The French Authorité de la Concurrence is always looking to keep things balanced and safe for French consumers and professionals, and their most recent target lies in the mobile App Store. Last week, the regulatory body confirmed that a raid took place on Apple’s Paris office, though very little information about what, if anything was taken. As alluded to in GigaOm, the group, which seized at least some documents according to one employee, may be looking to dig deeper into how the App Store runs. They may also be following up on a recent charge that Apple didn’t pay taxes on iPad sales, or concerning the new proposed Cultural Tax, or even concerning reports that Apple has stockpiled its products and kept them from third party distributors, as some have claimed.
Les Echos, who originally broke the story, suggest that there are two sides to the “App Store” concern. On the one hand, there have been reports from developers and publishers that Apples price-controlling makes it difficult to make a living. Specifically, the French association of newspapers complained last year when Apple “unilaterally” raised prices on their publications across the board.
On the other side are the consumers – the French Competition Authority has expressed a concern that, once consumers start buying in one App Store, say Apple’s, they are “locked in” because leaving to the Google Play store would mean losing all apps and content they had bought in the former store.
While both sides are valid – in fact, Apple is under scrutiny today in the US over price-fixing of their eBooks and other content properties – it is hard to see through the potential honest competition concerns when there are regular complaints from French authorities about Apple. If it’s not one tax it’s another, and when they are not calling for retribution for one App’s removal from the App Store, they may actually be trying to uphold their local principals and ideas of fair competition in an ever-global world, where the de facto US law is spreading into other countries.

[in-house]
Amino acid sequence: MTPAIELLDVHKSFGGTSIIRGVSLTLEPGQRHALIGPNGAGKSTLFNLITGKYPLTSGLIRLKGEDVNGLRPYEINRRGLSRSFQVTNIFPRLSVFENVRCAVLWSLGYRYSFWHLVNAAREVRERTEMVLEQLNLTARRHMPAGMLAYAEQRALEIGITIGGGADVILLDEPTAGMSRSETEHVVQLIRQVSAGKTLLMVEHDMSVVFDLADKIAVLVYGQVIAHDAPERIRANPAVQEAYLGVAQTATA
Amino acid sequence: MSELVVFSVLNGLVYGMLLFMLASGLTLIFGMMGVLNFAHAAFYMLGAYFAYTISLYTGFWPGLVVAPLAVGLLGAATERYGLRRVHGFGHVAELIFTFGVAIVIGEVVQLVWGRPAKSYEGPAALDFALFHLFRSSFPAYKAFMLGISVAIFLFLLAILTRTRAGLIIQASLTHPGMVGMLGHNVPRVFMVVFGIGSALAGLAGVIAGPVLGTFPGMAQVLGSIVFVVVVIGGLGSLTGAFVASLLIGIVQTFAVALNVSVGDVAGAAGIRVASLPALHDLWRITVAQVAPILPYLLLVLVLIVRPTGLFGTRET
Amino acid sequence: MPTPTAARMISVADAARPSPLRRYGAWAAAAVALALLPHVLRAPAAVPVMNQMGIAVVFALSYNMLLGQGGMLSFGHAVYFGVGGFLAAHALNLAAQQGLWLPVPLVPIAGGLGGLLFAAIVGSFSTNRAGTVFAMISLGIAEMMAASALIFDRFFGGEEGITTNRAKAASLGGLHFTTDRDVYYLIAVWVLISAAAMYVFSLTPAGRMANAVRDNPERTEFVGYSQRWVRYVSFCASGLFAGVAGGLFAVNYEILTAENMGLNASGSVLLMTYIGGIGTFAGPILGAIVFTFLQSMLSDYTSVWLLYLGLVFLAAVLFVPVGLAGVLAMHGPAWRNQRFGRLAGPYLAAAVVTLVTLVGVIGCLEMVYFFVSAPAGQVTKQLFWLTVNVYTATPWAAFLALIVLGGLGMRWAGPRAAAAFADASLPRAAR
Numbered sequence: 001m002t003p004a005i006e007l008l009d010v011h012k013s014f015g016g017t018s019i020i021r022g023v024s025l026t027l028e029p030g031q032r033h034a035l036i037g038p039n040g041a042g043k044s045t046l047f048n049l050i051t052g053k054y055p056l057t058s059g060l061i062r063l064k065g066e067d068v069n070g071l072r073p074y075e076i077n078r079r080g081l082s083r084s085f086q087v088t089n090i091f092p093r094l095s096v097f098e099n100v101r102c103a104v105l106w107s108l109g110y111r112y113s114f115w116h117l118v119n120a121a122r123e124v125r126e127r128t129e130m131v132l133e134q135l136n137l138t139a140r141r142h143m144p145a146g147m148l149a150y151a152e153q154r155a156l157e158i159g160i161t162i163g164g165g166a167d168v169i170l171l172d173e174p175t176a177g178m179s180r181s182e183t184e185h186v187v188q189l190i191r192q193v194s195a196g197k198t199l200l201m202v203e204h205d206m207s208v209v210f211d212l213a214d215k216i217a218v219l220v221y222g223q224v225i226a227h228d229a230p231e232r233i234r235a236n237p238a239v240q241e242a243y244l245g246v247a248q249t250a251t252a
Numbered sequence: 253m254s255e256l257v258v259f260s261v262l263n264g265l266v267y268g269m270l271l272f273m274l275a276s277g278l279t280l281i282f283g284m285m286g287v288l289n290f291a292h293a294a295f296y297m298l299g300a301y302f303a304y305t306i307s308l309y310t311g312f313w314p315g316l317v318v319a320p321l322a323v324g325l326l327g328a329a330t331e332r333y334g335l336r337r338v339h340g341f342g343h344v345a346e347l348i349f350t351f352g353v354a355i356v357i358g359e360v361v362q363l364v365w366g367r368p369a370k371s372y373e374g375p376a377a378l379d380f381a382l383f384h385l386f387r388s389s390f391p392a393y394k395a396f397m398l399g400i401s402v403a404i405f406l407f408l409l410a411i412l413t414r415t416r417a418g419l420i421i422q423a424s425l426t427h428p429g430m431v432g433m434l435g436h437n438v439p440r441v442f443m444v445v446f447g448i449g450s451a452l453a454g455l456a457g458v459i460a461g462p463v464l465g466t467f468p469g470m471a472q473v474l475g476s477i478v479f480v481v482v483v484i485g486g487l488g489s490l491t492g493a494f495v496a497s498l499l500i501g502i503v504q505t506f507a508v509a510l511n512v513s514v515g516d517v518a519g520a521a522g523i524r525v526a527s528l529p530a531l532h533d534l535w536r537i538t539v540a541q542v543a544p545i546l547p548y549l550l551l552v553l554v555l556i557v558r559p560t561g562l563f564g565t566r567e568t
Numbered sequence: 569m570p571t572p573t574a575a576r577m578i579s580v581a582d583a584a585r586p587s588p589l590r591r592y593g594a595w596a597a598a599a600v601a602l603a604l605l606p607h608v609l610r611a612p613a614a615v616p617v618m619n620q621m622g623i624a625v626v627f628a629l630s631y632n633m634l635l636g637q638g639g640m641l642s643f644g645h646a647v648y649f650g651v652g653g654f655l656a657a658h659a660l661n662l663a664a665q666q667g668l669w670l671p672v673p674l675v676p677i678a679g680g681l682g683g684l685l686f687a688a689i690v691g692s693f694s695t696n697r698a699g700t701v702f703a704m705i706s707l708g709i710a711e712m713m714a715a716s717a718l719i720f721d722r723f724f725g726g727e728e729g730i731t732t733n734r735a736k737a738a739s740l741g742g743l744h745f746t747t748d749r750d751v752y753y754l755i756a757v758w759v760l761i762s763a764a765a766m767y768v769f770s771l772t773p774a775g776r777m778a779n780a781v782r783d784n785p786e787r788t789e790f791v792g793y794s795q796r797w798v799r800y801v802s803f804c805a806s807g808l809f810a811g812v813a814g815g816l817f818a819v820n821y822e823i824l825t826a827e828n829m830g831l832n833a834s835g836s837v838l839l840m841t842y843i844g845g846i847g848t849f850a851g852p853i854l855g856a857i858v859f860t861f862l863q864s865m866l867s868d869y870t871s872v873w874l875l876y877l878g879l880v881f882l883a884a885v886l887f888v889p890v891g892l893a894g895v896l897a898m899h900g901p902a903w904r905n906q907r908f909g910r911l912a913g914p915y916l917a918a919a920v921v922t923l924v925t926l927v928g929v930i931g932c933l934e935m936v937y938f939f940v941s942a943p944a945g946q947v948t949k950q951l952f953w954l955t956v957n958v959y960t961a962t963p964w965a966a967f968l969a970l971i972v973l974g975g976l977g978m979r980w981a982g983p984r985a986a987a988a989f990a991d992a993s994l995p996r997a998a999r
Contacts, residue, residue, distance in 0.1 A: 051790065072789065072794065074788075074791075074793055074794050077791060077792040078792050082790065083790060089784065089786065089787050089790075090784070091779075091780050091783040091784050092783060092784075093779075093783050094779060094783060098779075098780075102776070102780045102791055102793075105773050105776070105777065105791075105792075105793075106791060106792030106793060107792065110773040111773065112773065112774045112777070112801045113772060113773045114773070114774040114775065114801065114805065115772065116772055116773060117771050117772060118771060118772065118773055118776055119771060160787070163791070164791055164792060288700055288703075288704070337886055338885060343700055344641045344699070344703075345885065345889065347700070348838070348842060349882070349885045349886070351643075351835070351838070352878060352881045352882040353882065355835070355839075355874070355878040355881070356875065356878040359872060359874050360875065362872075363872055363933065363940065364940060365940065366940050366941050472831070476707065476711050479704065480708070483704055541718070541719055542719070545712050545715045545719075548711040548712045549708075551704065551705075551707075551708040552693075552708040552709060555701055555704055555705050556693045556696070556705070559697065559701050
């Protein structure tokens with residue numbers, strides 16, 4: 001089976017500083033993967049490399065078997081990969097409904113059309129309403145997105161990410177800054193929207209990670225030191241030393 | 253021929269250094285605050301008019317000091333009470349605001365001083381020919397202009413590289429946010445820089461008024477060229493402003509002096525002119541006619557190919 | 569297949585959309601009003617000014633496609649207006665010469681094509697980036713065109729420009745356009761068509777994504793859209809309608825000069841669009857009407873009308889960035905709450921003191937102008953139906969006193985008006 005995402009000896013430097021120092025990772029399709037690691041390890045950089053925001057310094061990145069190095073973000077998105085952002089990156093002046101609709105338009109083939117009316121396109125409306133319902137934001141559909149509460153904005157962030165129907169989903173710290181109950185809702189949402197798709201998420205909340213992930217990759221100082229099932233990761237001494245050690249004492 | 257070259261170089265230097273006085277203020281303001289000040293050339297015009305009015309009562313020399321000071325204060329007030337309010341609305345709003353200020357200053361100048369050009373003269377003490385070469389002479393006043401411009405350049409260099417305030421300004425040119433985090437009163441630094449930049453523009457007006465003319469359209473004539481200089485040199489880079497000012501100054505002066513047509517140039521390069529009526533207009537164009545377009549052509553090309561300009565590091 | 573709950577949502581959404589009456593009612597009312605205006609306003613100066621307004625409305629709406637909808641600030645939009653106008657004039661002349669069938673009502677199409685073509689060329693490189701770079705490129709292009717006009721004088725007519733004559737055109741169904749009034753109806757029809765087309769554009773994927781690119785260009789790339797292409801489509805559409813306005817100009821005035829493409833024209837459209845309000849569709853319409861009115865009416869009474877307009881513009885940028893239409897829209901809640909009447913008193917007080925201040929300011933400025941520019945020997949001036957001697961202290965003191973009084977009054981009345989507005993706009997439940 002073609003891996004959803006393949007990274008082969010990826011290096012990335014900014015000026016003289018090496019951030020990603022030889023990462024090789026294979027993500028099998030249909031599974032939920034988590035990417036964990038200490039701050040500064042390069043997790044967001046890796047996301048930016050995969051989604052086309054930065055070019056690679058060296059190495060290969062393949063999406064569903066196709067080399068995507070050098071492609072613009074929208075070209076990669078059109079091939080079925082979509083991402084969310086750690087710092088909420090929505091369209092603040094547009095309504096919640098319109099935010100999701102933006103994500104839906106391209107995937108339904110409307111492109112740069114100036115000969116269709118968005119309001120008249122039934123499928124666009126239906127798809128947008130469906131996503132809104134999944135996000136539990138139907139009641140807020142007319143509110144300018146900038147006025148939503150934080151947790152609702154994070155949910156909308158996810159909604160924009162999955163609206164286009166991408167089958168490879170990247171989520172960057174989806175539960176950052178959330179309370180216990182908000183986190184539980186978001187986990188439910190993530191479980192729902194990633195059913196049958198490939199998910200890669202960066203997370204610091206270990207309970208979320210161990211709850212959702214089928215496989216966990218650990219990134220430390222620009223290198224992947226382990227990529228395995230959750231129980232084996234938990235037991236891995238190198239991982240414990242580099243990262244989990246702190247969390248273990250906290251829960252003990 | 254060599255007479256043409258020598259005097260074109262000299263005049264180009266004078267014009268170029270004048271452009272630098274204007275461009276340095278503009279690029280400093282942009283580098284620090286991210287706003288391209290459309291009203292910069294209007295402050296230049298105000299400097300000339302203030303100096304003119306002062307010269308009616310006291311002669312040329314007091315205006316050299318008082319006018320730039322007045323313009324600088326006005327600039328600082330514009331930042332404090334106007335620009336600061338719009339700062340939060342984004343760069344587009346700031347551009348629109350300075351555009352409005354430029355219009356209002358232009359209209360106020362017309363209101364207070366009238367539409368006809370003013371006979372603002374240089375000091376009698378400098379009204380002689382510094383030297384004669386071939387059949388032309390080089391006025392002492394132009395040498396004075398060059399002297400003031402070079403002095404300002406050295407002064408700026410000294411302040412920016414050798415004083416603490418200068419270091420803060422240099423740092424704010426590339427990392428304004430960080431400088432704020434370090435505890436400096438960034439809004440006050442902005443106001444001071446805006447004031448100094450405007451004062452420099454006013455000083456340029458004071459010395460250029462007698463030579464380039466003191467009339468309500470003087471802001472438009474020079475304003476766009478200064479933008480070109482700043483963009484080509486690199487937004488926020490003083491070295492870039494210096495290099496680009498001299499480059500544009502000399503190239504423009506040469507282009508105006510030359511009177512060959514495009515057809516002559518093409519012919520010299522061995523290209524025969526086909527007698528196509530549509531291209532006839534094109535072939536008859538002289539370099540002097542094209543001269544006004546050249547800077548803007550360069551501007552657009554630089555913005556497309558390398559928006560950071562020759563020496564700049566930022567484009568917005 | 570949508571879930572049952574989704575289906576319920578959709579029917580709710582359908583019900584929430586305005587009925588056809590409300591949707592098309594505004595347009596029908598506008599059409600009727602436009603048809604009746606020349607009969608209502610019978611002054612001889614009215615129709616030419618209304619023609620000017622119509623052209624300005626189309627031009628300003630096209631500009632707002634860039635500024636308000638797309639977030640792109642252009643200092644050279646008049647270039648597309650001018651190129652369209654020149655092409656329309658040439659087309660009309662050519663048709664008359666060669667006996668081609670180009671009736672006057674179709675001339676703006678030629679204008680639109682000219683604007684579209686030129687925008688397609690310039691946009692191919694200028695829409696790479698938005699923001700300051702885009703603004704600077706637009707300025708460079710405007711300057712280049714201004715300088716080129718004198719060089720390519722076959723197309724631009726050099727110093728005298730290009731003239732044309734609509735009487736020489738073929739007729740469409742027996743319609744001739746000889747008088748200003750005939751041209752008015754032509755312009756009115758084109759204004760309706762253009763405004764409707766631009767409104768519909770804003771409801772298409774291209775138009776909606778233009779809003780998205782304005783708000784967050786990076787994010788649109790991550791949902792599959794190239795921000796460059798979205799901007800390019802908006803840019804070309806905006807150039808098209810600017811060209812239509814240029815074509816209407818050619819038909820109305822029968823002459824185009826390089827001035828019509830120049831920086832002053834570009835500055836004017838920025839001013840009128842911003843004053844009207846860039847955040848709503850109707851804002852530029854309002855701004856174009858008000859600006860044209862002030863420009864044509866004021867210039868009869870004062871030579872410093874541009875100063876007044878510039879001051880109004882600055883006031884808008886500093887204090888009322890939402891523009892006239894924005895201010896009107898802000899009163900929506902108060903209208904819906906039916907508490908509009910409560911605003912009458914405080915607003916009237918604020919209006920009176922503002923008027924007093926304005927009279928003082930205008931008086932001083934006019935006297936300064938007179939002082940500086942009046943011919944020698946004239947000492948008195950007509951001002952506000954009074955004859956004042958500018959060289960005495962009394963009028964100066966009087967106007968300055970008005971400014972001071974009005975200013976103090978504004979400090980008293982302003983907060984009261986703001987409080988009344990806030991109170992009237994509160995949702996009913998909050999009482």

While we often have the urge to tell governments to ‘just stay out of the way’ of tech giants, I am seeing more & more clear examples of American interpretations of “security” “privacy” and “fair competition” being imposed on other countries around the world by virtue of the reach of American corporations, and it seems inevitable that the golden days of ‘just doing business’ globally will come to an end. We’ve already seen Twitter give in (a bit) to French government requests over differing Free Speech laws (it turns out in France you don’t have the right to say homophobic and anti-Semitic things in public – what a novel concept), and Google recently announced that appearing on Google News in Germany will be opt-in to avoid a recent law pushed through the German parliament.
It’s tough to say whether these are good or bad – truly it’s a mix of both – but it is clear looking at Europe from the inside-out or outside-in, that they will defend their identity and their beliefs of certain grey, human rights. Today, that is manifesting itself in a battle against App Stores – again, very grey human rights.
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